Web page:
Amber Rudd vows to do '˜whatever it takes' to tackle violent crime crisis

HOME secretary Amber Rudd will do '˜whatever it takes' to make Britain's streets safer as she launches a blitz on violent crime.

Monday, 9th April 2018, 8:47 am
Updated Monday, 9th April 2018, 9:41 am
Home secretary Amber Rudd pictured during her visit to Whiteley at the end of March. PHOTO: Malcolm Wells

The Tory MP will today emphasise the government’s determination to halt the rising tide of stabbings, shootings and acid attacks.

Ministers have faced sustained pressure over their response in recent days after a spate of killings in London.

Unveiling her multi-pronged blueprint on later today, Ms Rudd is expected to say: ‘We will take the comprehensive approach necessary to make sure that our sons and daughters are protected and our streets are safe.

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‘As a government, we will never stand by while acid is thrown or knives wielded.

‘I am clear that we must do whatever it takes to tackle this so that no parent has to bury their child.’

Her comments come after the home secretary’s visit to police offices near Fareham at the end of last month where she committed to tackling crime rates in the area and to keep an eye on Hampshire’s under-fire police and crime commissioner. Michael Lane, who is facing a no-confidence vote.In today’s latest speech, Ms Rudd is expected to highlight the importance of stopping youngsters carrying knives in the first place as she publishes the Government’s Serious Violence Strategy.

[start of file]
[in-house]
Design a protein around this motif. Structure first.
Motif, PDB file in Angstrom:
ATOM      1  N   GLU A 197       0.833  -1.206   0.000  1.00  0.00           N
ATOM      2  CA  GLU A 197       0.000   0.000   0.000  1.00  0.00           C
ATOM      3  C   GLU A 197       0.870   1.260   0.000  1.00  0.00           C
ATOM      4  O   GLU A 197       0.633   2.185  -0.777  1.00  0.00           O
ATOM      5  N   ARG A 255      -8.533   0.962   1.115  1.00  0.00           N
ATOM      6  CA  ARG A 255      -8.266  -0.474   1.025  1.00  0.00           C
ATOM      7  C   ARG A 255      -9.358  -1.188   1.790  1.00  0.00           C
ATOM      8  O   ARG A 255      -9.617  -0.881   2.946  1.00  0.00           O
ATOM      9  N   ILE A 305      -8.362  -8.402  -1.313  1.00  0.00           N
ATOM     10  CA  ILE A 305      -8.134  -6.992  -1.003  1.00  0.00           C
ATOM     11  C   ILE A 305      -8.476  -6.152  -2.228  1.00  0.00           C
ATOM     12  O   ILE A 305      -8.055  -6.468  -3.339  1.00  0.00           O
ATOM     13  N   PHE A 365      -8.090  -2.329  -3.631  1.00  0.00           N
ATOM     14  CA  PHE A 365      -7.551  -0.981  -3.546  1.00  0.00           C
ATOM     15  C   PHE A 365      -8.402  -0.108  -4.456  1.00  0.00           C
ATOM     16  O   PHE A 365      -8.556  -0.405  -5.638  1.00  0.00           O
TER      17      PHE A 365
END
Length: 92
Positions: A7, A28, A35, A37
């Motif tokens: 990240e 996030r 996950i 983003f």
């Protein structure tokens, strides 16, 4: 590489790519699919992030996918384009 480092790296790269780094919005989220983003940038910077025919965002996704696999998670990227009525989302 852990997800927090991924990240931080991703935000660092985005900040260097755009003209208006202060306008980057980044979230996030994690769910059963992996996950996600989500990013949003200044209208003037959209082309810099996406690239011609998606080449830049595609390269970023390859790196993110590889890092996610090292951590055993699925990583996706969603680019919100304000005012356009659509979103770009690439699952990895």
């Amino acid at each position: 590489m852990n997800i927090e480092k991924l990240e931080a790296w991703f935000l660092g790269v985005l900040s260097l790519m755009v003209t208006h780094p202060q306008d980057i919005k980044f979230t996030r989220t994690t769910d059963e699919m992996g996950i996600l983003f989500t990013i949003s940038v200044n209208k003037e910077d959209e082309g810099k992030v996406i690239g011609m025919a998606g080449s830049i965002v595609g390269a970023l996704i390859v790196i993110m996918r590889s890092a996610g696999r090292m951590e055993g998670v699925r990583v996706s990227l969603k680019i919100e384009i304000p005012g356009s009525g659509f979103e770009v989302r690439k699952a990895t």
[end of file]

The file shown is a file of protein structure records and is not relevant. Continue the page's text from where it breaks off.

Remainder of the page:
Officials say the approach marks a ‘major shift’ by striking a balance between prevention and law enforcement.

The strategy identifies the changing drugs market as a key driver of the violence affecting communities.

According to the document, around half the rise in robbery, knife and gun crime is due to improvements in police recording, with drug-related cases identified as an “important driver” behind the rest of the increase.

Figures show that between 2014-15 and 2016-17, murders where either the victim or suspect were known to be involved in using or dealing illicit drugs increased from 50 per cent to 57 per cent.

The strategy sets out how drug-market violence may be facilitated and spread by social media as a small minority of individuals use online platforms to glamorise gang life and taunt rivals.

Plans for the crackdown were first announced last year.

The finalised strategy - underpinned by £40m of Home Office funding and spearheaded by a new Offensive Weapons Bill - will:

- Call on social media companies to do more to rid the web of violent gang content

- Set out tough restrictions on online sales of knives following concerns that age verification checks can be sidestepped

- Make it a criminal offence to possess corrosive substances in a public place

- Reveal plans to consult on extending stop and search powers so police can use the tactics to seize acid from suspects carrying it without good reason

- Make it illegal to possess certain weapons, including zombie knives and knuckle-dusters, in private

Ministers are also stepping up efforts to tackle the ‘county lines’ drug distribution model where city gangs branch out into rural or coastal towns, using children and vulnerable adults as couriers to move heroin and crack cocaine between the new market and their urban hub.

The Home Office will provide £3.6 million to support the development of a new National County Lines Co-ordination Centre, while the strategy details how modern slavery legislation could be used to prosecute cases.